How is writing fiction different for you than reporting and other nonfiction?
I love writing fiction. I’m halfway through a novel right now. But I live in the real world. I never wanted to retreat into a Proustian palace and seal off the world. That’s not for me, which is not to say it isn’t for other writers. In journalism, an editor at the New York Post said to me when I was very young, “If you want it to be true, it probably isn’t.” In fiction you can write the stories that you hear and can’t use. For example, if I went to cover a murder and everything stalled for a while, the cops were inside looking at the body and wondering why the socks don’t match, I’d always wander into a bar and ask around, “Did you know these guys?” then someone would say, “I heard this and that.” Well you can’t use that just because the guy heard something. But in fiction you can. “What if” are the two most important words. I read a few biographies of Hitler, and there’s a missing eight months in his life. I thought, hmm, maybe he came to New York…fell in love with a Jewish girl who jilted him…but I thought, I can’t do this, I can’t live with Hitler for a few years.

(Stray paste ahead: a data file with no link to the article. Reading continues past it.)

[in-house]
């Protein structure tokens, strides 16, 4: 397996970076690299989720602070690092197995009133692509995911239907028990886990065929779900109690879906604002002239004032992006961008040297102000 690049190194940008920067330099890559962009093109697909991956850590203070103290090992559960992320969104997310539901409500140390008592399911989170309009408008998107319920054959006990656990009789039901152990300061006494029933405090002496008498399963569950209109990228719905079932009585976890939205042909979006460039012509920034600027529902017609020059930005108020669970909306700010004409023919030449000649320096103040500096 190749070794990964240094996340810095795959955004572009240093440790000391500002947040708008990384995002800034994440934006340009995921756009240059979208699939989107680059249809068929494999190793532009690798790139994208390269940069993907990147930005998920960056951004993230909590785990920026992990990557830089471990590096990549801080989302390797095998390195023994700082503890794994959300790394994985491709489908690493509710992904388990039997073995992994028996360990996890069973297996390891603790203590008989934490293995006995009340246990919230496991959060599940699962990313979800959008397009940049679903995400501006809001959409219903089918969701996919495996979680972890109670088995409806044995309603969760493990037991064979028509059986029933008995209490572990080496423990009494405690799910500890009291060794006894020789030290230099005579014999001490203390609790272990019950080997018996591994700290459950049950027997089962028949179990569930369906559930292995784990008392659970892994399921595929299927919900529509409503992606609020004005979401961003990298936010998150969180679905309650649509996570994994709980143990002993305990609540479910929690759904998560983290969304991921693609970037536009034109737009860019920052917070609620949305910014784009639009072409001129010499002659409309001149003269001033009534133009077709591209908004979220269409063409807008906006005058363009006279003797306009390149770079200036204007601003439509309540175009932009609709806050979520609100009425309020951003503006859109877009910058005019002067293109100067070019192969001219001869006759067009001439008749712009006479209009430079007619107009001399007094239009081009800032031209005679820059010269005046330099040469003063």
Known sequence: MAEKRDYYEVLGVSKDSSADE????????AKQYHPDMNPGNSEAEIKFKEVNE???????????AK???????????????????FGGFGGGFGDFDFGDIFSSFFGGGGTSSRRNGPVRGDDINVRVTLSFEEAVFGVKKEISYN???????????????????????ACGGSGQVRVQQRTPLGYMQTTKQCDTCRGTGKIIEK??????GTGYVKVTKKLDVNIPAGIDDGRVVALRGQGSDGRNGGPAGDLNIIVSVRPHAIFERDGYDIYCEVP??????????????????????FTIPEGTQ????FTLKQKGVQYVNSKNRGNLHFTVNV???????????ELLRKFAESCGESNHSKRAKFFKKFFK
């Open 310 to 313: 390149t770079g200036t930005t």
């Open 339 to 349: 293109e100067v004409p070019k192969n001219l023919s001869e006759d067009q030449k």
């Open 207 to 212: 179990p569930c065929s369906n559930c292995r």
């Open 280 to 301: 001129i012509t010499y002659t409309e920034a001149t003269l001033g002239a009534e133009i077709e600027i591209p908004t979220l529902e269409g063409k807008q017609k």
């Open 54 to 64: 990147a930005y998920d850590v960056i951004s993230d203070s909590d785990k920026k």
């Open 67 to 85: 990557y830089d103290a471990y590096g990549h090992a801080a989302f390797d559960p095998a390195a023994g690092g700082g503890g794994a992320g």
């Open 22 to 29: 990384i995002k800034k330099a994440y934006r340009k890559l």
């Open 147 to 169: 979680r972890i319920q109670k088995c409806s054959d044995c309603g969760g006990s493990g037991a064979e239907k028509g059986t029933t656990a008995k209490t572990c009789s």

What living writers do you like to read?
Dexter Filkins, Carl Hiaasen, his novels. I like Clyde Haberman, Jim Dwyer, I always read my brother Denis in the New York Daily News. There are people around who are amazingly good; I love Gail Collins’ columns. I always read Sy Hersh. I read David Remnick because he’s a very good reporter in addition to being a very good editor. But I can’t spend the day trolling. I’ve got to write.
What do you feel nostalgic for?
Well I live in the capital of nostalgia, New York. There are two reasons: the rapidity of change, and the fact that so many immigrants made this their home. There was always an ache in some of them; even though they were driven out by bigotry, unemployment, and lack of freedom, home is the place where they were five years old running in the grass. I wish I could go to Brooklyn and walk into Ebbets Field. I wish I could meet a girl in a polo coat waiting to go out with me at Penn Station. I wish I could go back to streets where not a single cell phone is plugged into the ear of anybody…or walk in to the city room, roll some paper into a typewriter, light up a cigarette, and start to write. I think city rooms in particular in this craft were so important because you learned from everybody else. Do I miss that? Sure. Is it coming back? Never.